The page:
The Securities and Exchange Commission yesterday presented new details that it said showed Cohen received “highly suspicious” information that should have caused any reasonable hedge-fund manager to investigate the basis for trades made by Mathew Martoma and Michael Steinberg. Cohen, 57, ignored red flags and allowed illegal trades that earned profits and avoided losses of more than $275 million, the SEC said in an administrative proceeding.
“Hedge-fund managers are responsible for exercising appropriate supervision over their employees to ensure that their firms comply with the securities laws,” Andrew Ceresney, co-director of the SEC’s enforcement division, said in a statement. “After learning about red flags indicating potential insider trading by his employees, Steven Cohen allegedly failed to follow up to prevent violations of the law.”
If its proceedings are successful, the SEC said it would seek to bar Cohen, who boasts one of the best long-term track records in history, from managing money for investors. The move could effectively end his hedge-fund career even though the SEC isn’t pursuing insider-trading claims against him personally.
SAC, based in Stamford, Connecticut, oversees $15 billion, about 60 percent of which is money from Cohen and employees. Cohen hasn’t been charged criminally despite a multiyear probe by the U.S. attorney’s office in Manhattan and the Federal Bureau of Investigation.
Cohen, whose net worth is estimated at about $9 billion by the Bloomberg Billionaires Index, has returned 25 percent a year in his funds since founding his firm in 1992 -- after taking half of the profits in fees -- a record unsurpassed by any other equity hedge-fund manager.
“The SEC’s administrative proceeding has no merit,” Jonathan Gasthalter, a spokesman for SAC, said in a statement. “Steve Cohen acted appropriately at all times and will fight this charge vigorously. The SEC ignores SAC’s exceptional supervisory structure, its extensive compliance policies and procedures, and Steve Cohen’s strong support for SAC’s compliance program.”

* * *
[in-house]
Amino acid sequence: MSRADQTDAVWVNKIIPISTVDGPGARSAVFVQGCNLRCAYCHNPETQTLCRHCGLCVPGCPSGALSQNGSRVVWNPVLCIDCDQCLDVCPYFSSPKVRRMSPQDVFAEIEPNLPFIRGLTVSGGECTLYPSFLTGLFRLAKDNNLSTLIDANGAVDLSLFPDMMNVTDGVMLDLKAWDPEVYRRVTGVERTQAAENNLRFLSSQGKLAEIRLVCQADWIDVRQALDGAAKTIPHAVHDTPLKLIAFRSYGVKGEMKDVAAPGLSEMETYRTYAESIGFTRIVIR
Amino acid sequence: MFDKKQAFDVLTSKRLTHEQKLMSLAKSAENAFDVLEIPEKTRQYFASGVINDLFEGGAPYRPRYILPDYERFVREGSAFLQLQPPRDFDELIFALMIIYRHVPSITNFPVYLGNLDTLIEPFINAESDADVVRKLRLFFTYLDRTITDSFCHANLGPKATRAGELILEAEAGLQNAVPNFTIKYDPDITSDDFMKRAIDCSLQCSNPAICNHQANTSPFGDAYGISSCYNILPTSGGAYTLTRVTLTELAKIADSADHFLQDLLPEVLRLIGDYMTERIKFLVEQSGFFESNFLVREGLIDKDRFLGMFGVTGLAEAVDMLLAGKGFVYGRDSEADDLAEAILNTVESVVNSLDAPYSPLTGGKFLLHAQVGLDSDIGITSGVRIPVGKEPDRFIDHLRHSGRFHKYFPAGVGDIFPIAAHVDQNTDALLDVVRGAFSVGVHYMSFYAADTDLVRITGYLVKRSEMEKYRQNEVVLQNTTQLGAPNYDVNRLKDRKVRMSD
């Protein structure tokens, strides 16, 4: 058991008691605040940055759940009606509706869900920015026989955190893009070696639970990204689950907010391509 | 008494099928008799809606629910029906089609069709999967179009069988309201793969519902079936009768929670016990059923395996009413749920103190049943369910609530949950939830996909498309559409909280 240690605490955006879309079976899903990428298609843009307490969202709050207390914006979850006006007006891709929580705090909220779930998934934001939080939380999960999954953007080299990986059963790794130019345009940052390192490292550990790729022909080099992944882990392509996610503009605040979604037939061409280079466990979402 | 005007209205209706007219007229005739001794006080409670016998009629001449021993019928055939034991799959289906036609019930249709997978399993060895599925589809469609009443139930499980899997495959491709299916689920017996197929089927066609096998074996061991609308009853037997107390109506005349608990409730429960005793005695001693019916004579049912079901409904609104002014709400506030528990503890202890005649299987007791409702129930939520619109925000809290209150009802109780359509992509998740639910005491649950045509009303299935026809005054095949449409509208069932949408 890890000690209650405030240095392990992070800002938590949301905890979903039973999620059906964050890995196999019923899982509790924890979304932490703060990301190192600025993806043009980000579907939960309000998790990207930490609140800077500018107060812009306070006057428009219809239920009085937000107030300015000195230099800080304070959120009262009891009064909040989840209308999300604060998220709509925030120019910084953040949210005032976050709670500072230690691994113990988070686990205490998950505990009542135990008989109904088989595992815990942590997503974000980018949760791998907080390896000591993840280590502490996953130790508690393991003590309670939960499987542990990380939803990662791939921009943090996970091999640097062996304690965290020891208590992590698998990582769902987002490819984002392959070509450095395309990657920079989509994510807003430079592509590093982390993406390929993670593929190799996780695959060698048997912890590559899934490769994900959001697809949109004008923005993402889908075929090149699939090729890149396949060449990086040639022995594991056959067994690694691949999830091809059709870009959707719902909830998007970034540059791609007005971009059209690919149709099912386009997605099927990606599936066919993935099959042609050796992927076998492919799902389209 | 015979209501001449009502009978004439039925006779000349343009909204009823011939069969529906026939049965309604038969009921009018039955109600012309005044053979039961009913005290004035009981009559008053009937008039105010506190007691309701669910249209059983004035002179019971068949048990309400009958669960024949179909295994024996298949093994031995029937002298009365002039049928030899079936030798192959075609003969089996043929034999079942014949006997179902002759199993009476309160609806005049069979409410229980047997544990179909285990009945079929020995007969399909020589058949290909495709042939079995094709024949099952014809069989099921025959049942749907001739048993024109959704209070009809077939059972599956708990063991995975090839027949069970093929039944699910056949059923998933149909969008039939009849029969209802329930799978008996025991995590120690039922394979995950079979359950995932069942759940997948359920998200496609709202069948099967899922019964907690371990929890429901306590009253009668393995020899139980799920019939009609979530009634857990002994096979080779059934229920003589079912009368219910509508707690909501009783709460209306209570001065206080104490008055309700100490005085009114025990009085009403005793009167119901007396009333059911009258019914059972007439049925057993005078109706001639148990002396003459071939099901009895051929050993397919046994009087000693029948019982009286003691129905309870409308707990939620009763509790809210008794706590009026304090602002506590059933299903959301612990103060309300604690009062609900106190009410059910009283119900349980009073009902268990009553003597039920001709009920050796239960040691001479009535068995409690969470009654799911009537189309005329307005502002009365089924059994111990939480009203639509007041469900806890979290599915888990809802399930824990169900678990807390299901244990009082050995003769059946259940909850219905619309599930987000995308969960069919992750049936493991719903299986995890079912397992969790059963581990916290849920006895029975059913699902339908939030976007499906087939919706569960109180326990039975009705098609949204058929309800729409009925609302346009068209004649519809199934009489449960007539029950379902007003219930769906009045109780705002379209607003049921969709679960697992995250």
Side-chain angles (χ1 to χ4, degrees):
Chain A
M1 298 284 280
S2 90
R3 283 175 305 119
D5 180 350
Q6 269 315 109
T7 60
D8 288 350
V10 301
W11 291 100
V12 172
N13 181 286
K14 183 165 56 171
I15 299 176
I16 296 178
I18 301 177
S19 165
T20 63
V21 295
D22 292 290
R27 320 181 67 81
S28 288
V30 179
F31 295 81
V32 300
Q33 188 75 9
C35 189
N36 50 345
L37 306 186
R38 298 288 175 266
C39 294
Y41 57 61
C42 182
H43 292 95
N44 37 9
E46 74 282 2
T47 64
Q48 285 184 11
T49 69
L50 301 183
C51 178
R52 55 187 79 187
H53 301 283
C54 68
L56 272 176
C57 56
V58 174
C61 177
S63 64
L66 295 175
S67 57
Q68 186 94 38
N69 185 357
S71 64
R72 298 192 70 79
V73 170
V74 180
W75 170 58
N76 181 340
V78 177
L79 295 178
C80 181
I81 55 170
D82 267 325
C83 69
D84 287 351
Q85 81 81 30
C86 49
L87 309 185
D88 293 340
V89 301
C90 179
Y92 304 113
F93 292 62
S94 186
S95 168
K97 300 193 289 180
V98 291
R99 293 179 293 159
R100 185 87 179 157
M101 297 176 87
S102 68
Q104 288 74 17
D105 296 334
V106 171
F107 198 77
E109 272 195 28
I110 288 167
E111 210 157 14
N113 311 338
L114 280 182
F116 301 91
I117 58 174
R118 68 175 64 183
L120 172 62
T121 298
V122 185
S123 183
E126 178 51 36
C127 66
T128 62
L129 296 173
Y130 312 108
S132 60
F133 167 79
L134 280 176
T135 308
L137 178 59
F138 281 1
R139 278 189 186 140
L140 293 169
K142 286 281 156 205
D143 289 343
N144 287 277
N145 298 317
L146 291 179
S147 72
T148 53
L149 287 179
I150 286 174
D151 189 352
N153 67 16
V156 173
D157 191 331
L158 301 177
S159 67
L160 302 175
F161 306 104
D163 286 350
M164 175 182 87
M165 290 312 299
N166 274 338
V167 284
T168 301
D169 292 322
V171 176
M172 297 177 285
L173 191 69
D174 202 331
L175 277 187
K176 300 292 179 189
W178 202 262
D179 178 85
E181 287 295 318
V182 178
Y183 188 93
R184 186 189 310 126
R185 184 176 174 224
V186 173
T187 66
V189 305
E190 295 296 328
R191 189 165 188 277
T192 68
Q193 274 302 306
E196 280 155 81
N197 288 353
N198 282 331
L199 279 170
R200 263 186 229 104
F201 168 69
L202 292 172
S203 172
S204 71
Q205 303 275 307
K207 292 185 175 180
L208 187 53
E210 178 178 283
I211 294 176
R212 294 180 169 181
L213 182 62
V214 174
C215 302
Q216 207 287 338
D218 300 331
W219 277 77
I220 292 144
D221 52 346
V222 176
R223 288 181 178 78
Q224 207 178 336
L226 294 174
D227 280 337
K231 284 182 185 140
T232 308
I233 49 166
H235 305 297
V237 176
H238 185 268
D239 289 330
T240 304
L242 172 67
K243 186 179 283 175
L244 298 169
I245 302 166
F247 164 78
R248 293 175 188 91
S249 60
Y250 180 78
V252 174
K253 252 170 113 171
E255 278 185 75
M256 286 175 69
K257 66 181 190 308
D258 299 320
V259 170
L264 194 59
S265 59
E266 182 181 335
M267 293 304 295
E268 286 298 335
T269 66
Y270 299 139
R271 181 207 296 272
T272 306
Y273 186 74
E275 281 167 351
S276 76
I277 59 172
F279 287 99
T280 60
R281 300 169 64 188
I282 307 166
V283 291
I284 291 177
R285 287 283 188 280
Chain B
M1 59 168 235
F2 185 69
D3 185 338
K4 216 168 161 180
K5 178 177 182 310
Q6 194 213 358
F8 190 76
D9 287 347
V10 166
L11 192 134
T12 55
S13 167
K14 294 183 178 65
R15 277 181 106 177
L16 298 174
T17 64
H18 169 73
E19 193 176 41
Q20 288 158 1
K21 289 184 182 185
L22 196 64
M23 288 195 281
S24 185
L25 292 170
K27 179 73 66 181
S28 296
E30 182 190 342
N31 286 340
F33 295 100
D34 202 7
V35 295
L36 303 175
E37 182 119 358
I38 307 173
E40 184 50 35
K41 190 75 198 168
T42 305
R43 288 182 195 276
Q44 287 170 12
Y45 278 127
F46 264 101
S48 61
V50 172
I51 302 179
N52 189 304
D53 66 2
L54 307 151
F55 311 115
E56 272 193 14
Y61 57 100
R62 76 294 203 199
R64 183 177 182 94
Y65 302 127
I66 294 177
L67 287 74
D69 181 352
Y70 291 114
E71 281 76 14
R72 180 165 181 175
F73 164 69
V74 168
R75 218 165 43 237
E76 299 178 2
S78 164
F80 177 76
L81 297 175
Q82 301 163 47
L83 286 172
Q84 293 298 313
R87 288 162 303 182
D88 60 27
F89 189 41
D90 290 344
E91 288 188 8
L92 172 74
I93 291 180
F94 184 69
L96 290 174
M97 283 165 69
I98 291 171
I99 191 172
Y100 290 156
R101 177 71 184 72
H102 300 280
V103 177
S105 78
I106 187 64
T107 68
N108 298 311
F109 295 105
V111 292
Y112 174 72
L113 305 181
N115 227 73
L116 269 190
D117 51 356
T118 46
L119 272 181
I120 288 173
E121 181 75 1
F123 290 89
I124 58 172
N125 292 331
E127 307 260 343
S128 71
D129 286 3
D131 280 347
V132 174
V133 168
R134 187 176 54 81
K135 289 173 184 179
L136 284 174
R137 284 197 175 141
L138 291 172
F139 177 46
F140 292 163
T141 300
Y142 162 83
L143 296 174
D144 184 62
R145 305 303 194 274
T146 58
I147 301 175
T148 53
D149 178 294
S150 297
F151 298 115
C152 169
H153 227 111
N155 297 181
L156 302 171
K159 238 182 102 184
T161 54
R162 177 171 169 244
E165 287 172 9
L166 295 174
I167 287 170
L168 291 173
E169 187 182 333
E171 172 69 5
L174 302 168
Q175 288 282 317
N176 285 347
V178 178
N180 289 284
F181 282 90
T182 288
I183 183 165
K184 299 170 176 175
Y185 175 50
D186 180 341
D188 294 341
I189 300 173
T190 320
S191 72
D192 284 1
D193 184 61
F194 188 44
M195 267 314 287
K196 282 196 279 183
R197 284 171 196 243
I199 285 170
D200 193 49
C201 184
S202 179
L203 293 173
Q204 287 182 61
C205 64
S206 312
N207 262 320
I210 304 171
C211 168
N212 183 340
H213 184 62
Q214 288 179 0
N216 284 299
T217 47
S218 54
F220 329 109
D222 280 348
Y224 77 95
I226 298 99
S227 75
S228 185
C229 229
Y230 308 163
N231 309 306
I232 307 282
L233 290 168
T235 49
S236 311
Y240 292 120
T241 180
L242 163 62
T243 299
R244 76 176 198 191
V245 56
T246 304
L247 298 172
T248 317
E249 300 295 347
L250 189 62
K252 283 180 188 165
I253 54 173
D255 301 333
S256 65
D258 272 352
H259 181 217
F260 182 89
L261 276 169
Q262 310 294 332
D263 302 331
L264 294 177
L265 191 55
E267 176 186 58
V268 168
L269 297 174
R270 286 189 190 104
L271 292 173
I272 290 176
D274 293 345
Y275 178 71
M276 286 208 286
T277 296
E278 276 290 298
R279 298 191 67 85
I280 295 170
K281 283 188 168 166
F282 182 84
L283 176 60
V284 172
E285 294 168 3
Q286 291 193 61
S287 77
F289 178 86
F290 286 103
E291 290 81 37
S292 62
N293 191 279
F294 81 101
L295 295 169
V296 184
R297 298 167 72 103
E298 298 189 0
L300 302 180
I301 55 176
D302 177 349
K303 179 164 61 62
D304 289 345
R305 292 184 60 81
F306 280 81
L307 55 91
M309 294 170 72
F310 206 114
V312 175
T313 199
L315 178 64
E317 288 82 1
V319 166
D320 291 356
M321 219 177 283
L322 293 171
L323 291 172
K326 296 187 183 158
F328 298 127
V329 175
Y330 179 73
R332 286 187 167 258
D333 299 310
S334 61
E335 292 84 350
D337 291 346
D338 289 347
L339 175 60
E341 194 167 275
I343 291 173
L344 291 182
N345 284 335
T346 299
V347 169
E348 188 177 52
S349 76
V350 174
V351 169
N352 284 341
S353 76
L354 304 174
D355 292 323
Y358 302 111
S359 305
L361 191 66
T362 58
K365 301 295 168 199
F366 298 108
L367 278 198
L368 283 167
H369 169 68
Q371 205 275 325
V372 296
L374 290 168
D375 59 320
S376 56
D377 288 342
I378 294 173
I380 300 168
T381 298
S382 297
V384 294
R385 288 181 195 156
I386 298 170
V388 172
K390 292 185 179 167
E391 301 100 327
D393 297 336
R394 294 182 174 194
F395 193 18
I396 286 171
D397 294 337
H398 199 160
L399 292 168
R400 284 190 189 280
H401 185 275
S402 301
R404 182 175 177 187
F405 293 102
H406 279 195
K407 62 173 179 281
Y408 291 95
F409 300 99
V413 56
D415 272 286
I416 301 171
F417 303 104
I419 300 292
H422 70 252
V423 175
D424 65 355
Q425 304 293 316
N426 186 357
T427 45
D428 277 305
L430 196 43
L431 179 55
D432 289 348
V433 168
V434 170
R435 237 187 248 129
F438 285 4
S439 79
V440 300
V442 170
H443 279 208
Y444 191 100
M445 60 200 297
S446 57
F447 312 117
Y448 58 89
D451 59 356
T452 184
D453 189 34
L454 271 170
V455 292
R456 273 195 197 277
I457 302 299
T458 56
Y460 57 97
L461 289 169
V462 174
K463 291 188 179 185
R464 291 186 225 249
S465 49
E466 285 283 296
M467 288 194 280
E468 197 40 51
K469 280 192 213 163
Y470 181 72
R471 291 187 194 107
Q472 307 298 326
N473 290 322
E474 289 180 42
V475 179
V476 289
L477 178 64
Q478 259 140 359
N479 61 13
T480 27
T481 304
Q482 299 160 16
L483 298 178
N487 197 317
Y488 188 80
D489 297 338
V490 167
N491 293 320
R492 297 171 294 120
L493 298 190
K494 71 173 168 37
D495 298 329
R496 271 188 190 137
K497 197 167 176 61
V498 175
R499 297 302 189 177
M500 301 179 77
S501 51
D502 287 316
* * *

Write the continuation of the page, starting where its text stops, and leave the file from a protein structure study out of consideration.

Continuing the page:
The SEC moved against Cohen four months after his firm agreed to pay $616 million to settle a complaint of insider trading by Martoma and Steinberg, without admitting or denying wrongdoing. At least nine current and former employees of SAC have been linked to insider trading while working at the firm.
The SEC’s five-year statute of limitations deadline to sue Cohen for a series of trades sparked by Martoma’s tip expires this month. Manhattan U.S. Attorney Preet Bharara said this week that prosecutors have an arsenal of statutes to bring securities fraud and insider trading charges and aren’t limited to a five-year deadline.
The Martoma case, which centered on trades in drugmakers Elan Corp. (ELN) and Wyeth Inc., was the first to link Cohen directly to alleged inside information. Martoma, who has pleaded not guilty and is scheduled to go on trial Nov. 4, allegedly received inside information on the drug trial from Dr. Sid Gilman, who was involved in the trial of an Alzheimer’s drug.
The SEC’s administrative action showed that the U.S. has amassed more evidence against Cohen than was previously known. Cohen knew that his employees were talking to at least one doctor about the trial, the SEC alleged in its order.